Have you heard the one about the father who operates a railroad drawbridge and sends his young son to manually fix the tracks, only to watch his son be crushed by the oncoming train? Or the one about the judge who condemned the prisoner to death only to disrobe and go to the electric chair in the prisoner’s stead? Or maybe you’ve see the drawing with God on one side of a chasm called “sin,” a stick-figure man on the other, and a cross as the bridge between the two.
These metaphors for the atoning work of Jesus Christ on the cross are powerful, and they capture the imagination. But these metaphors and images — the ones that many of us grew up with — are predominantly reflective of one theory of the atonement, called “penal substitution.” As far as atonement theories go, penal substitution is important, to be sure, and it commands a lot of respect these days, particularly among Western, Reformed theologians. But it’s merely one of several theories of the atonement that have held sway over the Christian imagination for the past 2,000 years. In Scot McKnight’s superb book, A Community Called Atonement, he likened the many historical theories of the atonement to the many clubs in a golf bag — each useful in a different situation.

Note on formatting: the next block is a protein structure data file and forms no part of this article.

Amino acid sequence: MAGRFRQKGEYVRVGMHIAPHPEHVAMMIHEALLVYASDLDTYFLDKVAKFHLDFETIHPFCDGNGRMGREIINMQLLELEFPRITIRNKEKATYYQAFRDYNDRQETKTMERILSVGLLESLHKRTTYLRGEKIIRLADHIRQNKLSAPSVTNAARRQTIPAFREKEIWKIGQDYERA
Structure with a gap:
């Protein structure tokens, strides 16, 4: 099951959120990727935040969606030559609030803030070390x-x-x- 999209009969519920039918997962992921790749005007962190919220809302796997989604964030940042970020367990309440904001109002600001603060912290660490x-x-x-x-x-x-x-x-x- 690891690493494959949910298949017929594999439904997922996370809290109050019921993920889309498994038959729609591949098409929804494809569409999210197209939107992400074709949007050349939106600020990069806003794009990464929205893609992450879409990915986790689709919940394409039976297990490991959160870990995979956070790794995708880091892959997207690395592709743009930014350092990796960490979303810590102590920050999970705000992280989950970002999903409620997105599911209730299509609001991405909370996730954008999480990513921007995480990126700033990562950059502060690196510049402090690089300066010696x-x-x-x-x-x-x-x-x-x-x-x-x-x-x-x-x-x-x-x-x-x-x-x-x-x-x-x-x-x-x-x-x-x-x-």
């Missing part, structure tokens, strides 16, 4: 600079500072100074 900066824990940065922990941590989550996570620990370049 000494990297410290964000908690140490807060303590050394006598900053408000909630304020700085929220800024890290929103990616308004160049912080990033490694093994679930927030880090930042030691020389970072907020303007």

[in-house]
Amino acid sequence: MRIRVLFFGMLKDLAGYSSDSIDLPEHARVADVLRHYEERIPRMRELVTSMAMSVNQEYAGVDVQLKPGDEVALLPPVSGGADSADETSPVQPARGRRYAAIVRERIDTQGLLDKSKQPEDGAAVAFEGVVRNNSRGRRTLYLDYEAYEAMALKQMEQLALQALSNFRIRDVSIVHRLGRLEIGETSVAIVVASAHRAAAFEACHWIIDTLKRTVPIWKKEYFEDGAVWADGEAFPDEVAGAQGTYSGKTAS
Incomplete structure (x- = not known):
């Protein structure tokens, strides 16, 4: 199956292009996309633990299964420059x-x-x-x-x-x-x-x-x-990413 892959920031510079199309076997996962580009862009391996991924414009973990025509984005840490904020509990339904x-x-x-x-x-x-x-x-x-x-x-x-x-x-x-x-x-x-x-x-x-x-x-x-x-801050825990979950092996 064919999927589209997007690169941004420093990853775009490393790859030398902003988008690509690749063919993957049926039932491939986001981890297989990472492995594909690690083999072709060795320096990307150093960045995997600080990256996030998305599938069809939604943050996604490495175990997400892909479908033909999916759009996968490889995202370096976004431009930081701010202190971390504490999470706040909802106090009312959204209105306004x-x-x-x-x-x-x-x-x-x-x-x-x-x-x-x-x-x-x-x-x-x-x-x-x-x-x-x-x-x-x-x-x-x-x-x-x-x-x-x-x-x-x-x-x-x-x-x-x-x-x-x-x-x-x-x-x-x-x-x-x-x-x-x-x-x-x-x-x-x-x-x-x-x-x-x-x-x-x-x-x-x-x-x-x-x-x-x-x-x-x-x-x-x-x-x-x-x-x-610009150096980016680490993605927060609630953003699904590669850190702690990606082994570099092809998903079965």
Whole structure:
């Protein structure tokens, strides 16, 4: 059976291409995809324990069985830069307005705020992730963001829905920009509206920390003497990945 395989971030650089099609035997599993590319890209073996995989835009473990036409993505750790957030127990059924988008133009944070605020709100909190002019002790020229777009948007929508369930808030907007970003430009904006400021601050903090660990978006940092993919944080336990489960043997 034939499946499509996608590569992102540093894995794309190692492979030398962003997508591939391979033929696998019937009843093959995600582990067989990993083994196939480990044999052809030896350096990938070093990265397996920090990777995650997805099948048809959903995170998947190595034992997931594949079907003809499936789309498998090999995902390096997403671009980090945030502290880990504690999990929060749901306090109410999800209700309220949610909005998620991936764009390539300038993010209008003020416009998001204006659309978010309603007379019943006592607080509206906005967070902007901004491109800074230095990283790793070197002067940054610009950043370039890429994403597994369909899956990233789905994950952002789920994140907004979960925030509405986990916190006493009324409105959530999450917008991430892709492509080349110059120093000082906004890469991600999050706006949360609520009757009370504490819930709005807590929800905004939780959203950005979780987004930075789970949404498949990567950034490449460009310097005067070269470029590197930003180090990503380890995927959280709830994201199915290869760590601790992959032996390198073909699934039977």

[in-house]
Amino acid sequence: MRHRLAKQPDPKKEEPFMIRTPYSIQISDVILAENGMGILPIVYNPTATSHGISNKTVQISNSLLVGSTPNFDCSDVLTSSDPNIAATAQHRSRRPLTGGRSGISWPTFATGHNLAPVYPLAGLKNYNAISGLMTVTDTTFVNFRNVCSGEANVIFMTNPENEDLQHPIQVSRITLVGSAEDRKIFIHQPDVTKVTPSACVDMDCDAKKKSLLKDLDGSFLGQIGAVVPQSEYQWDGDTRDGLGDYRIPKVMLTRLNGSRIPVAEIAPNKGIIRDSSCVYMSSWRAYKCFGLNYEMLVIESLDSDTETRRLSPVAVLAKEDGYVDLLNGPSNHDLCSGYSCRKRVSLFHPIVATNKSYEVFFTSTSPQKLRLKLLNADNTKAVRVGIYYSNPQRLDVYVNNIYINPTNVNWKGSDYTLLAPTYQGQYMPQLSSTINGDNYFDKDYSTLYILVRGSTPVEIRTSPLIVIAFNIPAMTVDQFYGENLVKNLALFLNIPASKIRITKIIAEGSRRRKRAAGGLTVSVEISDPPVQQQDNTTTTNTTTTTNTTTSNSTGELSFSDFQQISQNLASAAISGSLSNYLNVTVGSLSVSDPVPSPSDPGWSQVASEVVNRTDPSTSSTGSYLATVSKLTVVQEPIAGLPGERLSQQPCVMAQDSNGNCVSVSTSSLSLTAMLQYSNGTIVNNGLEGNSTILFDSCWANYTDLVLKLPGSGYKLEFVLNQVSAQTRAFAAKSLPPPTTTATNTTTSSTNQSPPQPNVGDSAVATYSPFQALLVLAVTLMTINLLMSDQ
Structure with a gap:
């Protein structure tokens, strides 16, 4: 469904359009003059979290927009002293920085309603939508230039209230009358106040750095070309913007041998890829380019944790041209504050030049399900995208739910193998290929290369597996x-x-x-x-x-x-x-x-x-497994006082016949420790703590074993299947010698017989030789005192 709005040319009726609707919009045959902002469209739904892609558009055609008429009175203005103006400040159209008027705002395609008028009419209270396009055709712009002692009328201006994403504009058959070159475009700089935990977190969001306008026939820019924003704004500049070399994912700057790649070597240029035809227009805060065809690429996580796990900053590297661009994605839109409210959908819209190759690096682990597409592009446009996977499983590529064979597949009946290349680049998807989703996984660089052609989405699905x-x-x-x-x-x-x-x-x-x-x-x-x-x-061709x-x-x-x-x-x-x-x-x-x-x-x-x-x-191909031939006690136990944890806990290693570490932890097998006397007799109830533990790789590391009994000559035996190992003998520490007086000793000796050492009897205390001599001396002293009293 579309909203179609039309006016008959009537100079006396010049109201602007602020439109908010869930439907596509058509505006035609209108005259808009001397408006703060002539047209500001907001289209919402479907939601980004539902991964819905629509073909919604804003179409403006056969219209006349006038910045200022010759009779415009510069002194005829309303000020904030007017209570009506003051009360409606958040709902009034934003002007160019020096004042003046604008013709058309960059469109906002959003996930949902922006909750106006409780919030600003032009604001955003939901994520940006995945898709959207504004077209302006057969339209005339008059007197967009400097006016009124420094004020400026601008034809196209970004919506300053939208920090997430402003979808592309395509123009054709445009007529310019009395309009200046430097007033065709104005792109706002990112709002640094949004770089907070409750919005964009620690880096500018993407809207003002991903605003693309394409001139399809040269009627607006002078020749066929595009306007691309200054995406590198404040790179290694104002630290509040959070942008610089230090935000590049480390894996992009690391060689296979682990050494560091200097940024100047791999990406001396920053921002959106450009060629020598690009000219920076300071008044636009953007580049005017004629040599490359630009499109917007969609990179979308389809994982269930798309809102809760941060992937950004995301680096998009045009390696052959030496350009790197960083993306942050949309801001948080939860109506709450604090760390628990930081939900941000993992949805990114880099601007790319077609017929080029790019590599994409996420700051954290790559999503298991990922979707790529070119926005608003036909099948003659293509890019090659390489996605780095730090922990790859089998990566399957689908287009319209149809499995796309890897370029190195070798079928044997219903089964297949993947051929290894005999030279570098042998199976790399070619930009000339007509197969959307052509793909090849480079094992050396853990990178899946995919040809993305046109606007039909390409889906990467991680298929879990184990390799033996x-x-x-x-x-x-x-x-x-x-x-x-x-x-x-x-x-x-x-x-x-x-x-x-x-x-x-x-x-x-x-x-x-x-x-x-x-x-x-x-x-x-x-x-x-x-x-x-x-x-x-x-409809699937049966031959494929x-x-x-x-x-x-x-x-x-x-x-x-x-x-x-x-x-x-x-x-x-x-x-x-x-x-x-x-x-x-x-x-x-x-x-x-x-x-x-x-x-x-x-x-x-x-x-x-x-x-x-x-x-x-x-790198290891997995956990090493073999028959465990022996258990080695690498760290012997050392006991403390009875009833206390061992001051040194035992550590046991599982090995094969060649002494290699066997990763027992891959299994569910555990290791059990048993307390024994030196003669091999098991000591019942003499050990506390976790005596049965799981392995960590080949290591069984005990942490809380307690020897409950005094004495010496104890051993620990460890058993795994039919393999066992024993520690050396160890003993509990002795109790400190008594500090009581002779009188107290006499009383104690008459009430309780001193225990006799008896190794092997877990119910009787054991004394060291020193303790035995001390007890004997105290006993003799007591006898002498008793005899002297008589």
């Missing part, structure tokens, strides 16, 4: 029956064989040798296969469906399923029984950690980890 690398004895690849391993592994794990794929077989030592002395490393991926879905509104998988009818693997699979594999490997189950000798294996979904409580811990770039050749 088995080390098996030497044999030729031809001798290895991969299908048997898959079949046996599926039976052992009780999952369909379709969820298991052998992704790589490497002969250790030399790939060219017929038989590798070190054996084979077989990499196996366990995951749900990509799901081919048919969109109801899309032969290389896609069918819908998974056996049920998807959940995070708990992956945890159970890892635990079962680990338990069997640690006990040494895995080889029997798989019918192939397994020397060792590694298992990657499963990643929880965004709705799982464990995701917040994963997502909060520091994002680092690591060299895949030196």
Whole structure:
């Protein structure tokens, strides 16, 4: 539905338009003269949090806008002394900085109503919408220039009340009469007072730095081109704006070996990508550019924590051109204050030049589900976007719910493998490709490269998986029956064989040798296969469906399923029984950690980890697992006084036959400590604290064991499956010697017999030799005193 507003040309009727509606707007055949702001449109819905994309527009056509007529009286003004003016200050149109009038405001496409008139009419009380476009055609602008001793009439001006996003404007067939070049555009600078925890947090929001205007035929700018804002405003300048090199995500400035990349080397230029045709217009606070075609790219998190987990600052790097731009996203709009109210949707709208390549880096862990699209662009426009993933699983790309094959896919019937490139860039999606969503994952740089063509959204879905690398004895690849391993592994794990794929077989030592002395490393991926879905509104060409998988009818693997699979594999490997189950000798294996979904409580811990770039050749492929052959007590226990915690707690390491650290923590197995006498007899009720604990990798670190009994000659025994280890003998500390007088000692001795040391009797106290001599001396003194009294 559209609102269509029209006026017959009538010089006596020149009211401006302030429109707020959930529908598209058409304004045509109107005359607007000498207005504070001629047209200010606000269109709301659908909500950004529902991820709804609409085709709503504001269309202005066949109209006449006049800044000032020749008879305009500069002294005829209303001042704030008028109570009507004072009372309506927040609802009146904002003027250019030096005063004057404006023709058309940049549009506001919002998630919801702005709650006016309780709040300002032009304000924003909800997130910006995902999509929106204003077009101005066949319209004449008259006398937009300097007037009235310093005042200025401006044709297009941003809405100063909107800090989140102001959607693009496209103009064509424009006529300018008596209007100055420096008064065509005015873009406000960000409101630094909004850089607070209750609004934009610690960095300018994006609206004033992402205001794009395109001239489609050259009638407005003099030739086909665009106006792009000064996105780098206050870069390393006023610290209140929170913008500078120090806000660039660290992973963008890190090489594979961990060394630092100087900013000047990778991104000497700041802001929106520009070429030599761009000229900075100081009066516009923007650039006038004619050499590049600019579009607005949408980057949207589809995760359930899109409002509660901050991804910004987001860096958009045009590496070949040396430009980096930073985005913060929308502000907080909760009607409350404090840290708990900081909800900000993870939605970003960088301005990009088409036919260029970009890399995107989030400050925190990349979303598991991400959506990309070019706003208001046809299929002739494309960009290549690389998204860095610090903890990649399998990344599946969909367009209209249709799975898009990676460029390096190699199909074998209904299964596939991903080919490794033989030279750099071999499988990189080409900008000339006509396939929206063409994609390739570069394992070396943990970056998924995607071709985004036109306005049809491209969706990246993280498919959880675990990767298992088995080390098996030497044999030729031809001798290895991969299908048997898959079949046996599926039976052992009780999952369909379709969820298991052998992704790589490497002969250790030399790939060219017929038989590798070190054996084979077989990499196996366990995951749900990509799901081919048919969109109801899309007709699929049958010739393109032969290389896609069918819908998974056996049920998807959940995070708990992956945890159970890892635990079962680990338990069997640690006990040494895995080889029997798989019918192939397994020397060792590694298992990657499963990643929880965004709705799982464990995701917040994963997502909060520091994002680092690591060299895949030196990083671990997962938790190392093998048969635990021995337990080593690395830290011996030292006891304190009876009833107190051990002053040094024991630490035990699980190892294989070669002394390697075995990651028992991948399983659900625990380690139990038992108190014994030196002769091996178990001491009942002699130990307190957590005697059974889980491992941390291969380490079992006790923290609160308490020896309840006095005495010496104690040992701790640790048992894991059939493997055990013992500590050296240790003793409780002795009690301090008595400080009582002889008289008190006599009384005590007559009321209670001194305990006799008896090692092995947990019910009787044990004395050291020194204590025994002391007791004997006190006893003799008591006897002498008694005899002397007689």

three runners-up and one winner have now been posted on the ev blog. i really enjoyed them, and think they offer great sermon and talk fodder:
(Note: All documents are PDF files, which require Adobe Acrobat Reader to open.)
“A Dad Who Is Mad” by Paulette Lovelace
“Atonement and Atonement” by Jenny Warner
“The Who Cane” by Marty Folsom
“Three Stories of Grace” by Steve Sherwood